Metaverse, Digital Economy, & China’s Strategic Moves


By: Dr. Mei Gechlik / On: September 14, 2022

Metaverse, Digital Economy, & China’s Strategic Moves

Since late 2021, China has been pushing the development of the Metaverse and expressing its keen interest in joining the Digital Economy Partnership Agreement, which was signed by Chile, New Zealand, and Singapore in June 2020.  These efforts and their latest developments, together with President XI Jinping’s current visit to Central Asia, help show China’s strategic preparations for the future.

China is Making the Metaverse More Real than Ever

The past few months have seen governments in more than 20 Chinese provinces or cities roll out their action plans, which range from ambiguous to ambitious, to set goals for promoting the development of the Metaverse.  Among the ambitious goals are those set by the government in Shanghai, which vows to increase the scale of its Metaverse-related industries to RMB 350 billion by 2025, while helping develop at least ten “innovative, leading enterprises” with global competitiveness and establishing more than 100 enterprises that can master core technologies in this sector (see China Speeds Up the Realization of the Metaverse).

An important source of momentum for the launch of these Metaverse action plans is an article titled How the Metaverse Rewrites Human Social Life published in December 2021.  Although the article was presented as merely a report of interviews with Metaverse experts, the publication venue for the article, the website of the Chinese Communist Party’s Central Commission for Discipline Inspection and the National Supervisory Commission of the People’s Republic of China, suggests that the content may have received approval from the Chinese leadership.  The article has a few headings that likely reflect the Chinese leadership’s views about the Metaverse.  Three examples are as follows:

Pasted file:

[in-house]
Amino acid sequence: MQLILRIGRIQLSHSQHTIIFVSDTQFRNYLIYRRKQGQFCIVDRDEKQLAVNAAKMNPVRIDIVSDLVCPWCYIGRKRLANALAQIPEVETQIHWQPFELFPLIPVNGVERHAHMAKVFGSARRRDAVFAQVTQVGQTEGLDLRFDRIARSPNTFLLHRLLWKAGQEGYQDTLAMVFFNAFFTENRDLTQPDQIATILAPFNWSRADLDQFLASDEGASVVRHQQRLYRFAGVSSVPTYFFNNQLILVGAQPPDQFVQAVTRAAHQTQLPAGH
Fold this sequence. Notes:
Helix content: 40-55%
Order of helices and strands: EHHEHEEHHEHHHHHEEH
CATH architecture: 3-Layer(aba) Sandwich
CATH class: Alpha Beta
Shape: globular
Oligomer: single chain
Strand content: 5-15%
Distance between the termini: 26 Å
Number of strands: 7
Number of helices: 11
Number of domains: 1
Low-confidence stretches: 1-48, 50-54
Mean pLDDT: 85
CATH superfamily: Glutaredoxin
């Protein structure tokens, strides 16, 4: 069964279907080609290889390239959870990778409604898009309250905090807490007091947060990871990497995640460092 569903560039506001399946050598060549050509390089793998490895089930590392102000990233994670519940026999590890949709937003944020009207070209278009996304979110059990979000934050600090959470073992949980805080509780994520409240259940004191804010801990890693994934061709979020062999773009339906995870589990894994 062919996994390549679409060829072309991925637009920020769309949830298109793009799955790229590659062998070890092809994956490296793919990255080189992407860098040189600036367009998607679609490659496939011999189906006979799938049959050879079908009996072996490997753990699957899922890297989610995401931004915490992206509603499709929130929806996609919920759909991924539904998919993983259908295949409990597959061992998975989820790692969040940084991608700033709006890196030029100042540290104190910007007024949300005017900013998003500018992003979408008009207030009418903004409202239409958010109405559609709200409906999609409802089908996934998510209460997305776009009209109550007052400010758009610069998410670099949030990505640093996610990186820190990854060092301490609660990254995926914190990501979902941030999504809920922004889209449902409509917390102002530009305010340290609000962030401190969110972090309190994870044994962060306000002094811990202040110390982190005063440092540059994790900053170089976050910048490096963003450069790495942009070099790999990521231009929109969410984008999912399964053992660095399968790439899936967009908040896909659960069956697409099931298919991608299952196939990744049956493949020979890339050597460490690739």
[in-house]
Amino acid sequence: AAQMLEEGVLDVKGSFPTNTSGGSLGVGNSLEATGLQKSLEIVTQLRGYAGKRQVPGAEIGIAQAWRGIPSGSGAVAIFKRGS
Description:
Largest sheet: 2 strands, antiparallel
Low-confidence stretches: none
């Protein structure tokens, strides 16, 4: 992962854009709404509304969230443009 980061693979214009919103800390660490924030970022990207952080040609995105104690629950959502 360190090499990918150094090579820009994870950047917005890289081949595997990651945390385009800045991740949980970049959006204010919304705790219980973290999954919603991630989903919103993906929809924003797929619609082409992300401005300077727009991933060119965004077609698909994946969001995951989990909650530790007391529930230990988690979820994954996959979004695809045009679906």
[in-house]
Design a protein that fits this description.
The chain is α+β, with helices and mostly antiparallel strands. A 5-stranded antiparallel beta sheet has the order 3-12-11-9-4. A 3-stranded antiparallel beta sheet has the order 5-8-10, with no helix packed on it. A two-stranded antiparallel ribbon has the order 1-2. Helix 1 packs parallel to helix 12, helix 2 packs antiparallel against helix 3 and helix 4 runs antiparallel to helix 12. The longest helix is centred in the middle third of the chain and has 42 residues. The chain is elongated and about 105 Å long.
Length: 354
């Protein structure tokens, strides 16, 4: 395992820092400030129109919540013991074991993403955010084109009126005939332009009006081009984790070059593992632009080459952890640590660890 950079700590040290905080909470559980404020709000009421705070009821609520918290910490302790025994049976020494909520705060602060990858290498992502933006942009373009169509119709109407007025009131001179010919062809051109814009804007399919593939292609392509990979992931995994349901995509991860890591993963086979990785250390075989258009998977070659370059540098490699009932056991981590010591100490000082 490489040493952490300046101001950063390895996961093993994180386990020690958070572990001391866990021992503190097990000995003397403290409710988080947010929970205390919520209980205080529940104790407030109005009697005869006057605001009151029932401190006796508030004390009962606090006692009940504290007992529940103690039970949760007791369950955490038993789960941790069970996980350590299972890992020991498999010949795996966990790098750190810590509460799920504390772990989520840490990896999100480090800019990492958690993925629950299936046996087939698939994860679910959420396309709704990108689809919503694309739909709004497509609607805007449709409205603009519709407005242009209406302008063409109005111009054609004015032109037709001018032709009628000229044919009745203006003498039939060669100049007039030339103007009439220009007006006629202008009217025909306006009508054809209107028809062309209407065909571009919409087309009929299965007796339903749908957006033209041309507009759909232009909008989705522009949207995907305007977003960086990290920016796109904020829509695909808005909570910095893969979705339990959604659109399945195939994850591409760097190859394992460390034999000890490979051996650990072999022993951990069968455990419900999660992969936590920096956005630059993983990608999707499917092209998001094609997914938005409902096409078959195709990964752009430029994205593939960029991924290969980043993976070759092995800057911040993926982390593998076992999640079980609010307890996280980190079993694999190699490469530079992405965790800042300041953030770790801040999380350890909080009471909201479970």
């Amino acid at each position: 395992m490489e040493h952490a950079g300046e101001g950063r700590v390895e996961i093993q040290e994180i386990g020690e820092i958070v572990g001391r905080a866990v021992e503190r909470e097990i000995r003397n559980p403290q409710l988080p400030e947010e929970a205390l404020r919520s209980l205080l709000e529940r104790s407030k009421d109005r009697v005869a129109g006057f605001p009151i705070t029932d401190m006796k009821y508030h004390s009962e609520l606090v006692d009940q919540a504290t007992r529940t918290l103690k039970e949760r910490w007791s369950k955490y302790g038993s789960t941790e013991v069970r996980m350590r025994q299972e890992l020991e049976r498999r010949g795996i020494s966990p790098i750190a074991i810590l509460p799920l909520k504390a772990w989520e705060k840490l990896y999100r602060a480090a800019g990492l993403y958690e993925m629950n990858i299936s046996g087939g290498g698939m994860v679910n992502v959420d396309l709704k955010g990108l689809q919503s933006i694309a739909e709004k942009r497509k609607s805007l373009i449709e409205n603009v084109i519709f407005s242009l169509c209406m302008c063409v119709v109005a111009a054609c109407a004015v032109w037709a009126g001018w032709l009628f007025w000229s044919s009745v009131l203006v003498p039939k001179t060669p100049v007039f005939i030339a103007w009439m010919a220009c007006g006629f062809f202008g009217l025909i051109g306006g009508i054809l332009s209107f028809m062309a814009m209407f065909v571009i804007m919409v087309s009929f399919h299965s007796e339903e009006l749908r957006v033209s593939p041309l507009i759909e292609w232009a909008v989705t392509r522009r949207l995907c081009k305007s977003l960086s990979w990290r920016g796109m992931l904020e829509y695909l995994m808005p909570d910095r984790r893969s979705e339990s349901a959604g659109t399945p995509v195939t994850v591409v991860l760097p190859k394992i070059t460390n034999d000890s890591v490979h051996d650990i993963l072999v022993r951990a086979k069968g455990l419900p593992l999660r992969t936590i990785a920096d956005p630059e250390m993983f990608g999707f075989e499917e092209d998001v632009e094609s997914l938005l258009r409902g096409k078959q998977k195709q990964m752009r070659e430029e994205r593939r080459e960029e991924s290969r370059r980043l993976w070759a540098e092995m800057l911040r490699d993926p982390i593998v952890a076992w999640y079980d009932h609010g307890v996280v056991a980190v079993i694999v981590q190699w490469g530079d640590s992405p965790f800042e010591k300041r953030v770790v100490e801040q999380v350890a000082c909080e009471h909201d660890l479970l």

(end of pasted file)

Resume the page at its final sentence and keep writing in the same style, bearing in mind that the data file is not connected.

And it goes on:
• “[…] the Metaverse, which is [the result] of combining and upgrading various existing technologies, can be understood as a ‘3D version of the Internet’”;
  • “[…] the Metaverse can bring opportunities for developing the integration of games with social interactions as well as for developing retail and e-commerce, industrial Internet, etc.”;
  • “[China must] rationally look at the new round of technological revolution brought about by the Metaverse and the impact on society; neither underestimate the opportunities in 5-10 years nor overestimate the evolutionary changes in 1-2 years”.

What motivates this “rational look” at the Metaverse and related opportunities?  The statement made by an official when he explained Shanghai’s Metaverse action plans helps answer the question:

The Metaverse is an important platform for the interaction between the future virtual world and real society.  It is a new manifestation of the digital economy with huge potential. (emphasis added).

It’s the DIGITAL Economy!

The potential of China’s “digital economy”, a term that is generally understood to capture all economic activities based on digital technologies (see, e.g., this definition), was described as “enormous” by Chinese Premier LI Keqiang in July 2017.  At that time, China’s digital economy reportedly rose to RMB 22.6 trillion in 2016, representing an 18.9 percent year-over-year increase.  In 2021, the country’s digital economy further grew to almost RMB 48 trillion.